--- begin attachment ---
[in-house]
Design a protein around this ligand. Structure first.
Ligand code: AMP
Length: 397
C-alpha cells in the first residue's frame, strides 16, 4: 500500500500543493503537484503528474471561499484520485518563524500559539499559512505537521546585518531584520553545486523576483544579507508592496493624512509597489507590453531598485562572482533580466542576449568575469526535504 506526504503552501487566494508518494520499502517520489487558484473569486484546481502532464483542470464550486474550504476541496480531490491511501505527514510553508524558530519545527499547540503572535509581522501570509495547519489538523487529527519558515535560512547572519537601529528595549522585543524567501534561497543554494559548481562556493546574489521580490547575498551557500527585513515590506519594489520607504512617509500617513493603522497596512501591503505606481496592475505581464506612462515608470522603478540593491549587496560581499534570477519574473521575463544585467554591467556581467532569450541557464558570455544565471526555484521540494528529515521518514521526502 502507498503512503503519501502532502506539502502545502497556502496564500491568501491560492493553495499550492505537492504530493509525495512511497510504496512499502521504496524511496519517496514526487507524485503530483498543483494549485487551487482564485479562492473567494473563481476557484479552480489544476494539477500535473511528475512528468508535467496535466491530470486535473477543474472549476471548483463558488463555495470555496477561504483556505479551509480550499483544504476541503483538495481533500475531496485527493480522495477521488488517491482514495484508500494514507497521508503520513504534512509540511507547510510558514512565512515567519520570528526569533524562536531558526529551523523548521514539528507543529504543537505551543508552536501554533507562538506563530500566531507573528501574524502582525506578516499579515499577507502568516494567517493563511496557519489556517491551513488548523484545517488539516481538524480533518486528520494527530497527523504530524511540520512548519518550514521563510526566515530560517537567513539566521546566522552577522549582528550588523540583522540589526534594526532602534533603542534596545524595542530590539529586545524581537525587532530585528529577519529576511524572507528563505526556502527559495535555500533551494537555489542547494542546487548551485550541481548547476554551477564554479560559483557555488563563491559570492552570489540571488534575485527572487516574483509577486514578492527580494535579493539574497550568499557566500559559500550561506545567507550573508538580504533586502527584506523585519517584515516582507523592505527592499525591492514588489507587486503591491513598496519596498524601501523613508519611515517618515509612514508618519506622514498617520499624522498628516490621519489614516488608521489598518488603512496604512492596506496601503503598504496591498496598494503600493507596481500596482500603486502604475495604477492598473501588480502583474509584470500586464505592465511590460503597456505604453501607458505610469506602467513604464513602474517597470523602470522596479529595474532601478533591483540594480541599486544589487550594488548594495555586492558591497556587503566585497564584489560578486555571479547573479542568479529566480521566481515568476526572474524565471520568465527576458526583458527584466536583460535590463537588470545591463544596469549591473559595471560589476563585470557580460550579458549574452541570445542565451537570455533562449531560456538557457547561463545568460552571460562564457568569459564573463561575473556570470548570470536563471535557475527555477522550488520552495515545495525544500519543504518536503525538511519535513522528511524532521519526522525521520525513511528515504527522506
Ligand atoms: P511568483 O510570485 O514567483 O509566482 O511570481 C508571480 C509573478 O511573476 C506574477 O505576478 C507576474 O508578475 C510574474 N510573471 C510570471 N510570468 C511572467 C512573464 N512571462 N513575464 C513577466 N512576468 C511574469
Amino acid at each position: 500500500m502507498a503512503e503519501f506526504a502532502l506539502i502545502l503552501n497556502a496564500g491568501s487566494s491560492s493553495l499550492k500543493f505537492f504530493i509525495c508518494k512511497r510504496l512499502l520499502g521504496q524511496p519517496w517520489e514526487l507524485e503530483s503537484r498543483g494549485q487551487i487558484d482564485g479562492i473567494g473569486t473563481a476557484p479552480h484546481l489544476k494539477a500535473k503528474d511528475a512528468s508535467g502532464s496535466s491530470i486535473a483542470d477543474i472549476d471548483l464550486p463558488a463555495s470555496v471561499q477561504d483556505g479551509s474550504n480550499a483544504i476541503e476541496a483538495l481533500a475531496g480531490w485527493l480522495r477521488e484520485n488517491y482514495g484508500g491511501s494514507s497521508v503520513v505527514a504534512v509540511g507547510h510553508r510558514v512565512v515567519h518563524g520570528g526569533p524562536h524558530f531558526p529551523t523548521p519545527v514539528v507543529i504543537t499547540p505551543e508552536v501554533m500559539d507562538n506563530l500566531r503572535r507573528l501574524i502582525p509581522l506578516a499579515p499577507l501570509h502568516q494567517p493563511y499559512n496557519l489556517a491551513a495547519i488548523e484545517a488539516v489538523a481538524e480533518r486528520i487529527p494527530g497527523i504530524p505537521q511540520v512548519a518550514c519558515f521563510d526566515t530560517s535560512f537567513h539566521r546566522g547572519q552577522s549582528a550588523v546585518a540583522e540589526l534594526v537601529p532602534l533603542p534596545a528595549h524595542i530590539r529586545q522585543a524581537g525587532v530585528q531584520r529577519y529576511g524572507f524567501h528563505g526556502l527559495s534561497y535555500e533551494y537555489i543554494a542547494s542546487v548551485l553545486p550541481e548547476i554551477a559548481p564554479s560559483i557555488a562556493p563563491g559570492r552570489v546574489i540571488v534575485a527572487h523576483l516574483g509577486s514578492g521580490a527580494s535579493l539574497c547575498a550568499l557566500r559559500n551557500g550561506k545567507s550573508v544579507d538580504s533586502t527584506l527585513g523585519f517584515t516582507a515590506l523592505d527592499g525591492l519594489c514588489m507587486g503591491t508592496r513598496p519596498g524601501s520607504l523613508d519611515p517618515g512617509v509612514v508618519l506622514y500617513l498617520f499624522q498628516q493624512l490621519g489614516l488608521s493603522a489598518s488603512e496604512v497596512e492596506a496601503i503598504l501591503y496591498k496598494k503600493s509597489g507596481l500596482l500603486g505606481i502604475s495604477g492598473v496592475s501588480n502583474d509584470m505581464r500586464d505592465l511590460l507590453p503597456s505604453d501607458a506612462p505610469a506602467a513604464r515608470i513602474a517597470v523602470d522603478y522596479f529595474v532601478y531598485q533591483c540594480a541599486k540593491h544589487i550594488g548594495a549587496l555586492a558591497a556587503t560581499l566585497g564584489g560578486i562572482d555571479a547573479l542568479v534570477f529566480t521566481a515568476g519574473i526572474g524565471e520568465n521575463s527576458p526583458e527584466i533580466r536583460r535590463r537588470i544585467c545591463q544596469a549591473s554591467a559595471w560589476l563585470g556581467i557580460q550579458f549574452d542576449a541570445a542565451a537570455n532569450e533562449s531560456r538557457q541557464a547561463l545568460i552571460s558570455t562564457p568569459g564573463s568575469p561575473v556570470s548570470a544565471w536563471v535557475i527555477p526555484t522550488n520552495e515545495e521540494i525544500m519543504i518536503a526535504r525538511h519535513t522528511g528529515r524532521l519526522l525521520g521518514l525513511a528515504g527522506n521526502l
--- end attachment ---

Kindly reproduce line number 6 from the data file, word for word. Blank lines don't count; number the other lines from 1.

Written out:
Ligand atoms: P511568483 O510570485 O514567483 O509566482 O511570481 C508571480 C509573478 O511573476 C506574477 O505576478 C507576474 O508578475 C510574474 N510573471 C510570471 N510570468 C511572467 C512573464 N512571462 N513575464 C513577466 N512576468 C511574469